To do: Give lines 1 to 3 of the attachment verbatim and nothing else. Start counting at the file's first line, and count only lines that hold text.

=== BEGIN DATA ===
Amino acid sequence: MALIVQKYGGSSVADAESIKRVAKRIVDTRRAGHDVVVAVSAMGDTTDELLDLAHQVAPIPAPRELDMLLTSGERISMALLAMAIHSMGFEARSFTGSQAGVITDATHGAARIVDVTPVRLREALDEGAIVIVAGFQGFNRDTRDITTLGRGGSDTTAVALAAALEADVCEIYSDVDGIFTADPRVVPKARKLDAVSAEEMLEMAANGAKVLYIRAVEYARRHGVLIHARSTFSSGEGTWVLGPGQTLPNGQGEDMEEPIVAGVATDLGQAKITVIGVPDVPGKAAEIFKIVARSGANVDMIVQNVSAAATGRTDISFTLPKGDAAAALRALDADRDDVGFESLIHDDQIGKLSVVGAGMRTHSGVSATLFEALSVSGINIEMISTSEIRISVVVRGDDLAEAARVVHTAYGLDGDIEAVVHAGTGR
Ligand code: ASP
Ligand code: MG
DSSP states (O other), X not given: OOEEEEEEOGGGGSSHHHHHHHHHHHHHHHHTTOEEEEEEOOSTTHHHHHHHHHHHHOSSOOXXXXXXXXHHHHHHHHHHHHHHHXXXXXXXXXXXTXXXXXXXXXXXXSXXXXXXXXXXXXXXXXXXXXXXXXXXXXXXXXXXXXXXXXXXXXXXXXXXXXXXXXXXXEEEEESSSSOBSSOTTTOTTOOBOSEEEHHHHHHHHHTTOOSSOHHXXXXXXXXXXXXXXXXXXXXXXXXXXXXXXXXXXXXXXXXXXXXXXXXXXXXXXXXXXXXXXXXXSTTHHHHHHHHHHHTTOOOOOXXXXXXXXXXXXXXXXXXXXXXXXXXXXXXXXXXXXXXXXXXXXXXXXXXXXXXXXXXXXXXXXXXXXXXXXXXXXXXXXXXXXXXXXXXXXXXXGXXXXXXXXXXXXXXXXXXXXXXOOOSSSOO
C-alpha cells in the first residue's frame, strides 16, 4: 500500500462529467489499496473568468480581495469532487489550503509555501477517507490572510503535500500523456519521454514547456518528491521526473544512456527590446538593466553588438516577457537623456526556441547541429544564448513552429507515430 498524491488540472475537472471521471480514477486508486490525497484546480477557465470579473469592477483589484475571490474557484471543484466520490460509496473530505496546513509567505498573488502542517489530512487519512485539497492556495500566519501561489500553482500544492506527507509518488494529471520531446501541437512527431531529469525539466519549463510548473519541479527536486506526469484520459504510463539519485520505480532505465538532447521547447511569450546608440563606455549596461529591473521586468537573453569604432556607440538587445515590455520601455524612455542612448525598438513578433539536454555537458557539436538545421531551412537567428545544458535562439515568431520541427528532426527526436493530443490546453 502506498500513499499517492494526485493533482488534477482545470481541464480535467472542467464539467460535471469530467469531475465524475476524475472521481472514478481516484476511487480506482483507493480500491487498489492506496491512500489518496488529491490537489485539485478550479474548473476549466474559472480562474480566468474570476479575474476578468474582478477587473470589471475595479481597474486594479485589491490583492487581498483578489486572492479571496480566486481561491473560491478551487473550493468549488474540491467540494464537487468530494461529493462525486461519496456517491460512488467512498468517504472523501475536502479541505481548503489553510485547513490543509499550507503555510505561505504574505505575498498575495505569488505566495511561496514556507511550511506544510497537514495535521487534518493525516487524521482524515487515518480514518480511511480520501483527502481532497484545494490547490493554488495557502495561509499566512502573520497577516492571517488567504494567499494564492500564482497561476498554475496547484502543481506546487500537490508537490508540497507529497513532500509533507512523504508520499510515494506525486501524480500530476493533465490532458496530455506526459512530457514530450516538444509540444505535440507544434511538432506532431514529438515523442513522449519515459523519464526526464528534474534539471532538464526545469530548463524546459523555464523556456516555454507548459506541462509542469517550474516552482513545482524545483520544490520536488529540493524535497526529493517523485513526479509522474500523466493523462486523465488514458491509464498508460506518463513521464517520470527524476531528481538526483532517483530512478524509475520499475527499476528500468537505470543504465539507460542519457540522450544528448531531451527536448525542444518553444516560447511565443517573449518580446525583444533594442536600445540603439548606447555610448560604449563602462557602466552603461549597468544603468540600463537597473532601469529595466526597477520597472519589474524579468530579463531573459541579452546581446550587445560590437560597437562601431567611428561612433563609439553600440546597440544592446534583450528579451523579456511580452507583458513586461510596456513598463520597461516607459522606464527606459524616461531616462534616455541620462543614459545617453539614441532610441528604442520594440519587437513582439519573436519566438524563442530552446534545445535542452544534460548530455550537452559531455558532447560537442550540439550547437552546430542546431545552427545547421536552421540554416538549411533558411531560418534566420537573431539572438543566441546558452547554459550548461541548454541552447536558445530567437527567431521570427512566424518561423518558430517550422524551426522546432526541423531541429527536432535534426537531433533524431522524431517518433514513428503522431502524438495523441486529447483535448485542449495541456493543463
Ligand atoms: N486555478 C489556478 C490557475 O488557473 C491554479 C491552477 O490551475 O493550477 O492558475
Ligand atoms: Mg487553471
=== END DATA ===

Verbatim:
Amino acid sequence: MALIVQKYGGSSVADAESIKRVAKRIVDTRRAGHDVVVAVSAMGDTTDELLDLAHQVAPIPAPRELDMLLTSGERISMALLAMAIHSMGFEARSFTGSQAGVITDATHGAARIVDVTPVRLREALDEGAIVIVAGFQGFNRDTRDITTLGRGGSDTTAVALAAALEADVCEIYSDVDGIFTADPRVVPKARKLDAVSAEEMLEMAANGAKVLYIRAVEYARRHGVLIHARSTFSSGEGTWVLGPGQTLPNGQGEDMEEPIVAGVATDLGQAKITVIGVPDVPGKAAEIFKIVARSGANVDMIVQNVSAAATGRTDISFTLPKGDAAAALRALDADRDDVGFESLIHDDQIGKLSVVGAGMRTHSGVSATLFEALSVSGINIEMISTSEIRISVVVRGDDLAEAARVVHTAYGLDGDIEAVVHAGTGR
Ligand code: ASP
Ligand code: MG